Were those quotes in Michael Hastings’ profile of Gen. Stanley McChrystal for Rolling Stone off the record?
Rolling Stone executive editor Eric Bates has been clear in media’s coverage of the profile’s fallout, saying repeatedly that Hastings and the magazine didn’t break any ground rules and only reported from on the record comments.
But, interviews with Hastings leave open contradictions and questions to be answered.
In an interview with MSNBC’s Rachel Maddow, Hastings offers his very clear answer to the question of was it on the record or off the record, but his answer contradicts his editor’s response (emphasis ours):
“There were no conditions set before I began the profile. And it was my understanding that it was all on the record. And that‘s why I continued to report on them for the following number of weeks.”
(Note: The transcript of the interview posted on MSNBC’s Web site accurately quotes Hastings as saying “there were no conditions.” Yet the transcript posted on Maddow’s blog on MSNBC quotes Hastings as having said “there were no permissions [sic].” StinkyJournalism listened to the interview and found Hastings said “there were no conditions.”)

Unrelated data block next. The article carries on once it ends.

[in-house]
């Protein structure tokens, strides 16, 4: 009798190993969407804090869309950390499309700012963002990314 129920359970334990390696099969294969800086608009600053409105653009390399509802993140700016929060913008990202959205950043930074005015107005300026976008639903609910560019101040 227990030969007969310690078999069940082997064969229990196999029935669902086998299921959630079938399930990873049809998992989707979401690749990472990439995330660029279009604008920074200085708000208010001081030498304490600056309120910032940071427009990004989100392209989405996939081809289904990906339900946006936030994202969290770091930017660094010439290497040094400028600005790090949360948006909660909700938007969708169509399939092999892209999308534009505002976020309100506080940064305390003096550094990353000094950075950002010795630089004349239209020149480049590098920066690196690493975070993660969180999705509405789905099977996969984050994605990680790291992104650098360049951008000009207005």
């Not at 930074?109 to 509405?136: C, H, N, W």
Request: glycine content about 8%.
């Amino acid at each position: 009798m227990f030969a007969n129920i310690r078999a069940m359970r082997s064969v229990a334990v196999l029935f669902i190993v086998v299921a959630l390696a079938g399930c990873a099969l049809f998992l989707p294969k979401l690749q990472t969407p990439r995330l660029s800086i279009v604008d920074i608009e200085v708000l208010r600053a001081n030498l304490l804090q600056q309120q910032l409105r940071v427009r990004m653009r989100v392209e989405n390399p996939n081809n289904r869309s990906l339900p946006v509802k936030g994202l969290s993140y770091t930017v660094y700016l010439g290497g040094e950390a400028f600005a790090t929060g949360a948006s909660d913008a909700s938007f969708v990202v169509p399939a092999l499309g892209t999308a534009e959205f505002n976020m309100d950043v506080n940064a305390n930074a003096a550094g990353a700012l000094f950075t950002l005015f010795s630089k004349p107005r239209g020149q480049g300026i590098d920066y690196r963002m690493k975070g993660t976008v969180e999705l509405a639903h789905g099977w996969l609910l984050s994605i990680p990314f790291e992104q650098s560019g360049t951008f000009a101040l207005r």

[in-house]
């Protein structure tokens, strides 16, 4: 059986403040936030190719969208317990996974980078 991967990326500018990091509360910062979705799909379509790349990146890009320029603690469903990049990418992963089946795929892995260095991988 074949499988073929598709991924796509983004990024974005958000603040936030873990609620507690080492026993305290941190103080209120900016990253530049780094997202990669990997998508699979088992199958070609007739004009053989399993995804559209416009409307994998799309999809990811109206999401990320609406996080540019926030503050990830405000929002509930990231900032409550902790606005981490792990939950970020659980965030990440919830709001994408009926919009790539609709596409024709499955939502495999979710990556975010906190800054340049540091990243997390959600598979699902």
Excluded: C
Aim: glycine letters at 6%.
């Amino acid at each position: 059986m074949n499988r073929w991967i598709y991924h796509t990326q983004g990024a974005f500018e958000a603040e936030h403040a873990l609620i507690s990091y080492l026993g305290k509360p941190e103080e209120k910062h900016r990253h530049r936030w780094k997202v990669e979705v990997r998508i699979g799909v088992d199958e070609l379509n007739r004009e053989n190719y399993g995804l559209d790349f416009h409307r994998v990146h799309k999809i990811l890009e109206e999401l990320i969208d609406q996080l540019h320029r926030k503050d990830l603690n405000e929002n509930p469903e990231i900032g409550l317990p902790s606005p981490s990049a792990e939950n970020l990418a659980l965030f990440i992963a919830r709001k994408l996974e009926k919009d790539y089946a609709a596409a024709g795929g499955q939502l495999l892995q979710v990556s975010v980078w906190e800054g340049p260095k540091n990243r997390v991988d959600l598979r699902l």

To add to the confusion, on that same day, June 22, CBS News reported Hastings said “there were parts that were off the record that I didn’t use.”
So…”it was all on the record,” but some parts weren’t? Hmmm.
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And in an interview June 22 with Diane Sawyer for ABC News, Hastings also says “There were no ground rules set for any of the interviews and I had my tape recorder out in front of his face with my notebook.”
An ABC News segment on the interview reports that “when (Hastings) first began the project nothing was off-the-record,” and that he understood everything to be on the record. But, ABC News reported that “towards the end of his reporting, Hastings found that more conversations, phone calls and meetings became off-the-record.”
So how does it make sense that Bates has stated in interviews that there were ground rules for Hastings’ profile, and none had been broken?
The Washington Post reported that Bates “denied that Hastings violated any ground rules when he wrote about the four weeks he spent, on and off, with McChrystal and his team. ‘A lot of things were said off the record that we didn’t use’…’We abided by all the ground rules in every instance.’ ”
iMediaEthics has written to Rolling Stone about the contradictory claims and will post any response.
The only post iMediaEthics found that cited a factual error in the Rolling Stone report was from a blogger. “Trzupr” wrote June 27 on “Threedonia” noting Col. Charlie Flynn was misidentified in the McChrystal profile. In the article, Flynn is described as McChrystal’s chief of staff, but an e-mail with answers to fact check questions for the article between a Rolling Stone fact checker and a McChrystal aide shows that Flynn was McChrystal’s executive officer (XO).